When spots are catching

shutterstock_107142893Most of the spots that dermatologists deal with are caused by acne and similar skin problems. These spots are not infectious and rarely mean that anything else is wrong. However, there are several highly infectious disease that can also cause spots, blisters and pustules on the skin. These include:

  • Impetigo
  • Chickenpox
  • Shingles
  • Measles
  • Rubella

Some of them can have very serious complications, especially for pregnant women, newborn babies and people with reduced immune systems due to illness, cancer treatment or medication.


Impetigo is a relatively common childhood skin infection that may also affect adults. It is caused by a common skin bacterial infection called staphylococcus. In most cases it mimics acne like spots on the face, often around the nose and mouth. Rarely it can become more severe and create blisters on the skin.

Impetigo typically responds to treatment with either topical or oral antibiotics.

Chicken pox

Chicken pox, or varicella, is a very common childhood disease with relatively mild symptoms. It produces spots almost anywhere on the body, usually starting on the limbs and trunk and spreading to the head and neck, face and scalp. These spots start as small itchy red lumps that rapidly develop a blister in around 12 hours. These blistered spots are incredibly itchy.

Chicken pox is caused by a virus and spreads rapidly through airborne particles in coughs and sneezes. As a result, around 90% of children will develop the disease at some point, making adult chicken pox relatively rare.

There is no cure or treatment for chicken pox and the symptoms will usually pass naturally after one to two weeks. However the virus remains dormant in your body and can return as shingles in later life. Vaccination against chicken pox can help to reduce the severity of any outbreak of chicken pox.


If you have had chicken pox, the virus will stay with you and can reappear as shingles. Shingles is most common in people over fifty, and those over 70 are now routinely offered a vaccination on the NHS.

Shingles causes a painful rash, which goes on to become a patch of itchy blisters, though this only ever affects one side of the body and does not cross over the midline. The rash lasts for seven to ten days.

Early treatment with antiviral tablets such as aciclovir can limit the severity of an outbreak and can also help to prevent recurrence if taken long term. Blisters may take up to a month to heal completely.

The main complication of shingles is postherpetic neuralgia, which causes severe pain in the nerves for several months. Around 10% of shingles sufferers will go on to develop this condition, although this proportion increases with age leaving as many as a third of shingles sufferers over 80 affected.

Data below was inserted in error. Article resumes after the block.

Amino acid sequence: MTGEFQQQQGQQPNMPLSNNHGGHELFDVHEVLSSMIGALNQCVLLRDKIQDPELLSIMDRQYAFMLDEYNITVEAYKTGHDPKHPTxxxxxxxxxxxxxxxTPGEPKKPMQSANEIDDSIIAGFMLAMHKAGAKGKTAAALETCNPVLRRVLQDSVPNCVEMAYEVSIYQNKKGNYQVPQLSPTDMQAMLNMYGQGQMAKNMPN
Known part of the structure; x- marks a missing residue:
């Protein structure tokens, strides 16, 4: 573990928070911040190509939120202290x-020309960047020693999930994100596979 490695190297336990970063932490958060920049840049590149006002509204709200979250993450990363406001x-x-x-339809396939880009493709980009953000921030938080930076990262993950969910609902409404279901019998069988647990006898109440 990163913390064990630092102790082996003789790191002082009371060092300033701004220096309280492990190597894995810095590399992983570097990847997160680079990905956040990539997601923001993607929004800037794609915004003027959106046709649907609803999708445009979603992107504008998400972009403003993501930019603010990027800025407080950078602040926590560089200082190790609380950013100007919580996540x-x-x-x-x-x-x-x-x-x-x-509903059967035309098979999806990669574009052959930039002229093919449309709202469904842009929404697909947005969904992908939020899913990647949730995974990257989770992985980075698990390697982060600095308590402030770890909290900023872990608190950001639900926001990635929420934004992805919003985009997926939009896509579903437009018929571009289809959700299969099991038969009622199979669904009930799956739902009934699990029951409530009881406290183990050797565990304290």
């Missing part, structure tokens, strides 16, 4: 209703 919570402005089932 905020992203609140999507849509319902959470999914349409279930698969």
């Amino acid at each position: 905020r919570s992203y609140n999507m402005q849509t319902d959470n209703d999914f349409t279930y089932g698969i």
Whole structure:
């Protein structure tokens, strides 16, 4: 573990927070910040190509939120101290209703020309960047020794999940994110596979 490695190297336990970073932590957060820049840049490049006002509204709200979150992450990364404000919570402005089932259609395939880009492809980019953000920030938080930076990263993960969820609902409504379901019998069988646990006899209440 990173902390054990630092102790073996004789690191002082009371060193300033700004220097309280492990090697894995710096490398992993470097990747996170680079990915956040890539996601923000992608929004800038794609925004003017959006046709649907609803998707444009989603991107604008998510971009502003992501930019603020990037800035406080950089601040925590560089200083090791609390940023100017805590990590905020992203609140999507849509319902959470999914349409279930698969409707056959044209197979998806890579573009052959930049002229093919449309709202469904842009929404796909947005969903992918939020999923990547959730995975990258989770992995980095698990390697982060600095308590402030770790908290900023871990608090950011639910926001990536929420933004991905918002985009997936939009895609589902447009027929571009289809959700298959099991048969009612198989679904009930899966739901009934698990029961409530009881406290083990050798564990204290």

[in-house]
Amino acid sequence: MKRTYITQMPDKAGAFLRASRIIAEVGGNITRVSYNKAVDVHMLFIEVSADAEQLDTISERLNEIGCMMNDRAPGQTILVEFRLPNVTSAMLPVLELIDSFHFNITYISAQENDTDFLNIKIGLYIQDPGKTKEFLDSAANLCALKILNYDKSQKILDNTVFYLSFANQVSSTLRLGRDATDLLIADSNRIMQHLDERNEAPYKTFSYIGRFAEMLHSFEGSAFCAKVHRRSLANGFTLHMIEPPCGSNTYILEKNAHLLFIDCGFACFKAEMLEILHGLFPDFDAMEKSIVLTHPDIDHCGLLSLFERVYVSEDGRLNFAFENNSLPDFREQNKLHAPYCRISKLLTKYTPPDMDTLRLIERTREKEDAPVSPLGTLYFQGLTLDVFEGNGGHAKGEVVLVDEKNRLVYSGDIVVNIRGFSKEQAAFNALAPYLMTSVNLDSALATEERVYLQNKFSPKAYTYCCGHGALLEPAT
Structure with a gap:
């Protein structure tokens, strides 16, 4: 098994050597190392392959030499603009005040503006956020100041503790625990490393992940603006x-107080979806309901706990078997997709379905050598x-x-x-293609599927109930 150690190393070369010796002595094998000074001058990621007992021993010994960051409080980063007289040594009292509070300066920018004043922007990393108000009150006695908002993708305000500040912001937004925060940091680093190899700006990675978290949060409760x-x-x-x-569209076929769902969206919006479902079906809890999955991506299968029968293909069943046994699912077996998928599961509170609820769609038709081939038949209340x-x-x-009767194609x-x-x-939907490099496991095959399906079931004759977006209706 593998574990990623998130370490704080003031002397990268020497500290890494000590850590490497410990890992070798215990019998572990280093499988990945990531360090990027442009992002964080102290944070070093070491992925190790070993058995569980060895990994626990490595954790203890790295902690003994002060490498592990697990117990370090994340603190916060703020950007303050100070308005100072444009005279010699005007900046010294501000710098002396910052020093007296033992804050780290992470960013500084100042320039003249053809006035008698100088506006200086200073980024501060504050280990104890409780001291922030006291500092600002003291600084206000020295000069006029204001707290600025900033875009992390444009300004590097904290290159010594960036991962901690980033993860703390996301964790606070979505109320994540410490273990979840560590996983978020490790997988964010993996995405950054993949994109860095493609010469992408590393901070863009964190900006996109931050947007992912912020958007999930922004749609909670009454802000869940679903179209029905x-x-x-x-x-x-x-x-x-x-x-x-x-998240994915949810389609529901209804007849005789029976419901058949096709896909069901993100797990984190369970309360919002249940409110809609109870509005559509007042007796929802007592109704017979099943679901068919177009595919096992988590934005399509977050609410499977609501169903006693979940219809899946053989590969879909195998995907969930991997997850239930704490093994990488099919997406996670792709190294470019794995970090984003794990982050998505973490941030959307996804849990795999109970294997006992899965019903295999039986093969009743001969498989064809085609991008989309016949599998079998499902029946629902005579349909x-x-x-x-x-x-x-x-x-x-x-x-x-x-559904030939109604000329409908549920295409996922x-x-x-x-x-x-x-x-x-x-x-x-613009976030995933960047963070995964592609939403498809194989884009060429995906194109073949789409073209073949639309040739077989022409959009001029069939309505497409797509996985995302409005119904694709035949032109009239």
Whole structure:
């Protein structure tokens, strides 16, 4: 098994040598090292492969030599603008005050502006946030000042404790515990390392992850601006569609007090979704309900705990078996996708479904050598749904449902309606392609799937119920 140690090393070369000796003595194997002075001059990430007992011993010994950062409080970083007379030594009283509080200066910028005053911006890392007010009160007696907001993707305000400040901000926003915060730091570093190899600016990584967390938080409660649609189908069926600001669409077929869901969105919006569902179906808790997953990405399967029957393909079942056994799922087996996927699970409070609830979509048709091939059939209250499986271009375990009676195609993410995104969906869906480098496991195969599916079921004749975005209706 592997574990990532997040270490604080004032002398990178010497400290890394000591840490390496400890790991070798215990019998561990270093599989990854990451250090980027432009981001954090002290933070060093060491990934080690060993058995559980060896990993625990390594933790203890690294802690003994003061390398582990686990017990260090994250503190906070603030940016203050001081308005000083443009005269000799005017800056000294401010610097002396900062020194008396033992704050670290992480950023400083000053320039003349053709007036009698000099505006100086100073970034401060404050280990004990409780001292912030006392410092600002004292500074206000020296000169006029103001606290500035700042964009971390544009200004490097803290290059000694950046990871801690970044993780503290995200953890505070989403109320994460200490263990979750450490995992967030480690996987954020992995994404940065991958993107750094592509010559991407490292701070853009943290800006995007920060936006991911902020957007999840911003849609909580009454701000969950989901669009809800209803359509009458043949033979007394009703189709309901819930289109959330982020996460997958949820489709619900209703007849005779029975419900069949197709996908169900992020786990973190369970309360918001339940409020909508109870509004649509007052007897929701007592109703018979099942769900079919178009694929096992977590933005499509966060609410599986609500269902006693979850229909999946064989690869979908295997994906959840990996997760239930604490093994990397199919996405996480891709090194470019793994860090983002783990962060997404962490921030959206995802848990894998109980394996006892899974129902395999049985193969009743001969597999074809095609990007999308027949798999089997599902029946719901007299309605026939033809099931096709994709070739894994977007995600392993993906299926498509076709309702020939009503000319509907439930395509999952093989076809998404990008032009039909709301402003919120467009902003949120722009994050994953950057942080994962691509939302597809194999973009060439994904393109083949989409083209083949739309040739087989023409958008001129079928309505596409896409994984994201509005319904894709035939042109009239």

You cannot catch shingles, as it is caused by a dormant virus in your own body. However people with shingles can spread chicken pox infections to others.


Measles is a highly infectious disease that can have serious complications. It starts as small white spots in the mouth and throat and spreads rapidly across the whole body as a rash of small red/brown spots.

Like chicken pox, measles is a viral disease, which is spread by airborne particles that can survive on surfaces for several hours, making it particularly virulent. Measles can strike at any age, but is particularly common in children between one and four years old.

There is no cure or treatment for measles, and cases should be rare in the UK as all parents are offered the MMR vaccination for their child at the age of 14 months. Uptake of the vaccine did, however, fall a few years ago because of claims that the vaccine was linked with autism. Large studies proved there is no link and vaccination levels have recovered since. Not in time, though, to prevent some measles outbreaks.

Measles can be much more serious in older children and adults, leading to complications such as pneumonia and encephalitis. One in five thousand cases of adult measles results in death.


Also known as German measles, rubella is another disease that has become much less common since the introduction of the MMR vaccine.

Rubella causes a rash of small, red spots as well as swollen glands and a fever. In most cases the symptoms are mild and will pass in around a week, although you may experience swollen glands for longer than this.

As with the other diseases, there is no cure or treatment for rubella, other than letting the disease take its natural course. Unfortunately, victims are infectious for around a week before they know they have the disease, so it is difficult to contain an outbreak.

Rubella is particularly dangerous for pregnant women in the first twenty weeks of their term. The virus can seriously harm the baby, causing problems with the eyes, ears and heart as well as brain damage. Fortunately, rubella is very rare, with just 65 cases reported in England and Wales in 2012.